From Foreign Legion
When you’re a kid with an older brother, it’s almost assured that the music that he likes is the music that you like. In the late eighties and very early nineties, my brother was into monster ballads a la “November Rain,” and “Every Rose Has Its Thorn,” and so was I. I was always the one listening to music: I always had a record player and a tape deck while he usually didn’t. Even though we didn’t own copies of these songs that he liked so much, it was still our favorite. When I actually started listening to rock radio in 1993 and started to begin to form my own opinions, my older brother steered me in the direction of R.E.M., U2, and Smashing Pumpkins. These bands would be my favorites throughout most of high school, and the opinions of bands I’d later encounter were all ultimately based on how they compared with these three acts. By the time I went to college, my musical tastes had shifted dramatically. Although I still loved the bands that then formed the center of my listening (though U2 was faltering, driving their last nail in the coffin when they released Pop), I had branched out into the Beatles, Sonic Youth, Self, and many others that my brother didn’t get into, no matter how much I played them for him.
When I went to my first Fluid Ounces show in January of 2000, I was fairly new to the scene of hearing live music in local bars, but it was starting to feel like old hat. I was loving it immediately, and when they played “Encyclopedia Brown,” a song about a book character whom my brother had read about when he was in middle school, early in the set, I thought he might enjoy hearing this band. I saw them again when they played their next show the following month, and this time I had my brother in tow. I was worried that he would be uncomfortable in the setting of a smoky dive-like bar like the Boro. His love for the music over-shadowed the setting, and I then had someone to attend shows with me, which I’d never had before. And what’s more, I finally recommended a band to him that he liked! Through this, I’d introduce him to other bands he’d like, such as the Features and De Novo Dahl, but Fluid Ounces’ prominent place in his listening repertoire was a crowning achievement in giving back to him what he’d given to me when I was younger (and thus saving my impressionable mind from liking Aerosmith and Meat Loaf).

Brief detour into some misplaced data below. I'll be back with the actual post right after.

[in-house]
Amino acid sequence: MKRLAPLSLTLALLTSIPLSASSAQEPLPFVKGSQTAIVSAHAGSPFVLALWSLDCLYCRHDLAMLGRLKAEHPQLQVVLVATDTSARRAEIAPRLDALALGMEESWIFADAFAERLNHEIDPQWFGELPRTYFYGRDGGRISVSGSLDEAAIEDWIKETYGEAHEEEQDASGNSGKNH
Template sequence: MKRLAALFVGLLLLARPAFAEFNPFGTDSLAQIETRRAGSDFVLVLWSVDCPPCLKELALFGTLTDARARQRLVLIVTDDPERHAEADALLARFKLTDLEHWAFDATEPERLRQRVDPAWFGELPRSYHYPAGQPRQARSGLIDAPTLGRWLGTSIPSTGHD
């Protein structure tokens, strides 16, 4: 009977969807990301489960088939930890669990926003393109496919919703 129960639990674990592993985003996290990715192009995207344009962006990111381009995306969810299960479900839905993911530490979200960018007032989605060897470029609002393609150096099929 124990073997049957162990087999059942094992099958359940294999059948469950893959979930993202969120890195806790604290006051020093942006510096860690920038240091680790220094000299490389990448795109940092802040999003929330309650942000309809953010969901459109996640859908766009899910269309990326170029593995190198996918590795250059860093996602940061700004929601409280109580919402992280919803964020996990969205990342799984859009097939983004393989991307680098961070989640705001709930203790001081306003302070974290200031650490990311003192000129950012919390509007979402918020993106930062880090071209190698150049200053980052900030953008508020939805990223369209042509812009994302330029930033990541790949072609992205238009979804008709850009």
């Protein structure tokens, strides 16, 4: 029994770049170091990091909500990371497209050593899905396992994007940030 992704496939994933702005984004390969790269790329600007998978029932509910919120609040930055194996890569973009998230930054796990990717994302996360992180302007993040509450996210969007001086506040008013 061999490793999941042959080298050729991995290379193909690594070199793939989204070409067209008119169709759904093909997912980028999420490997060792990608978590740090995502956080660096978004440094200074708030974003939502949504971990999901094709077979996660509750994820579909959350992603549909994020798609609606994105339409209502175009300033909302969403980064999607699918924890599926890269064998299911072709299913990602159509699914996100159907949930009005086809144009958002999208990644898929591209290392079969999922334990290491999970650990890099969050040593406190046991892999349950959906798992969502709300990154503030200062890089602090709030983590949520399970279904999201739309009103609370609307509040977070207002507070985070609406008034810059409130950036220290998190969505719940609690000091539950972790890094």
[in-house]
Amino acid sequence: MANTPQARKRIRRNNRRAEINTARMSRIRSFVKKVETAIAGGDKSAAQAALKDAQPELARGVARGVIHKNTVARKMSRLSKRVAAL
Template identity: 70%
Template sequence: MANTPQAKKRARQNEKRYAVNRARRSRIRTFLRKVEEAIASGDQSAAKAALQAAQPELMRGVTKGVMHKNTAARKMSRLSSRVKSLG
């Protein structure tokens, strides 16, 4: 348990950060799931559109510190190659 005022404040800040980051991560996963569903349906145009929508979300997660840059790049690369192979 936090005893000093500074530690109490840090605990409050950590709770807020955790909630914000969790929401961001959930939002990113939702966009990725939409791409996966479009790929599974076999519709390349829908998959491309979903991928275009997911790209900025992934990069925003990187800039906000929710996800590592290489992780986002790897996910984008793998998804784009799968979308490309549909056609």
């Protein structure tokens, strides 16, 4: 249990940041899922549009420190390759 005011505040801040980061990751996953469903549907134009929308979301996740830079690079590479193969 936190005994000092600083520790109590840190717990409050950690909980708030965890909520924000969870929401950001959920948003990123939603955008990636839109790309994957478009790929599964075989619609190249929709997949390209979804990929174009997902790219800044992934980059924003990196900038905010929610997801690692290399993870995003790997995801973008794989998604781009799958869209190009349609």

Like my brother, Seth Timbs was a fan of the Encyclopedia Brown book series when he was younger, and this song pays homage to the prepubescent detective by crossing the mystery of a teacher’s stolen grade book with that of a young temptress who charms our hero as a ruse so that she can commit her terrible crime. Hit by a BB gun, our hero is hurt and realizes that he has been out-smarted by this middle-school femme fatale. Ultimately, he manages to solve the case and recover the grade book from a secret place, making the neighborhood safe for middle America once again.
The live version presented here, with a solo every bit as magnificent as the one on the recording, is from February 2, 2002, at Seth Timbs’ last Tennessee show before he shipped of to L.A.
Download Live mp3
And for those of us who teach nowadays, we have police officers posted in our schools to drag grade book thieves downtown to juvi if they don’t come quietly or fess up to their crime in a timely fashion.